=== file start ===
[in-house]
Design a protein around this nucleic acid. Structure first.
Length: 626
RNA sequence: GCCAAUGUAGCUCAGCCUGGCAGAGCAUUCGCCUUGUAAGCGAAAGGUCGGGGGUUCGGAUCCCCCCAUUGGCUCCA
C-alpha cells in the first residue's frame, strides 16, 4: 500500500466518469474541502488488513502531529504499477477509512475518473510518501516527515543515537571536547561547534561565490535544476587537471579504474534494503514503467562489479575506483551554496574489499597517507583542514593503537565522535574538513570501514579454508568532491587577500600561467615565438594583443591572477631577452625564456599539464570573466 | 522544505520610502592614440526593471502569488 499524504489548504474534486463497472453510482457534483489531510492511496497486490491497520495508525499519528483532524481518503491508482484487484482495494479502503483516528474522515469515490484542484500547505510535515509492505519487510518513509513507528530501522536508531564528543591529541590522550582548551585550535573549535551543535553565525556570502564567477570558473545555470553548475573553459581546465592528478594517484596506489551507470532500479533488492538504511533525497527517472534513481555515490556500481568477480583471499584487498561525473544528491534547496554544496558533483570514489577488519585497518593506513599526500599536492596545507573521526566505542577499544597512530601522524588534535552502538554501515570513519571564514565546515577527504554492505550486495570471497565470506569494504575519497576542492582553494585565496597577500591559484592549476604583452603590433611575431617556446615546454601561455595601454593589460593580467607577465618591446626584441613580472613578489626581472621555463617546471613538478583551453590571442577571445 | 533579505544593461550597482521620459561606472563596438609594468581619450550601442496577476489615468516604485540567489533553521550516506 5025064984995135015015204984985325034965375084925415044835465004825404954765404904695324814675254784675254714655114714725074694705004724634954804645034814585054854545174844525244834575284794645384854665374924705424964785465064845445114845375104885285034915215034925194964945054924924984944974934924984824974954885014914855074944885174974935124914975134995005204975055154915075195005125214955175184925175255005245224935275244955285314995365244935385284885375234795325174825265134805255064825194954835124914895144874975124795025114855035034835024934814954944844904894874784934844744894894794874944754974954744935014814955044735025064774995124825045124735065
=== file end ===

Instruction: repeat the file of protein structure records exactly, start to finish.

[in-house]
Design a protein around this nucleic acid. Structure first.
Length: 626
RNA sequence: GCCAAUGUAGCUCAGCCUGGCAGAGCAUUCGCCUUGUAAGCGAAAGGUCGGGGGUUCGGAUCCCCCCAUUGGCUCCA
C-alpha cells in the first residue's frame, strides 16, 4: 500500500466518469474541502488488513502531529504499477477509512475518473510518501516527515543515537571536547561547534561565490535544476587537471579504474534494503514503467562489479575506483551554496574489499597517507583542514593503537565522535574538513570501514579454508568532491587577500600561467615565438594583443591572477631577452625564456599539464570573466 | 522544505520610502592614440526593471502569488 499524504489548504474534486463497472453510482457534483489531510492511496497486490491497520495508525499519528483532524481518503491508482484487484482495494479502503483516528474522515469515490484542484500547505510535515509492505519487510518513509513507528530501522536508531564528543591529541590522550582548551585550535573549535551543535553565525556570502564567477570558473545555470553548475573553459581546465592528478594517484596506489551507470532500479533488492538504511533525497527517472534513481555515490556500481568477480583471499584487498561525473544528491534547496554544496558533483570514489577488519585497518593506513599526500599536492596545507573521526566505542577499544597512530601522524588534535552502538554501515570513519571564514565546515577527504554492505550486495570471497565470506569494504575519497576542492582553494585565496597577500591559484592549476604583452603590433611575431617556446615546454601561455595601454593589460593580467607577465618591446626584441613580472613578489626581472621555463617546471613538478583551453590571442577571445 | 533579505544593461550597482521620459561606472563596438609594468581619450550601442496577476489615468516604485540567489533553521550516506 5025064984995135015015204984985325034965375084925415044835465004825404954765404904695324814675254784675254714655114714725074694705004724634954804645034814585054854545174844525244834575284794645384854665374924705424964785465064845445114845375104885285034915215034925194964945054924924984944974934924984824974954885014914855074944885174974935124914975134995005204975055154915075195005125214955175184925175255005245224935275244955285314995365244935385284885375234795325174825265134805255064825194954835124914895144874975124795025114855035034835024934814954944844904894874784934844744894894794874944754974954744935014814955044735025064774995124825045124735065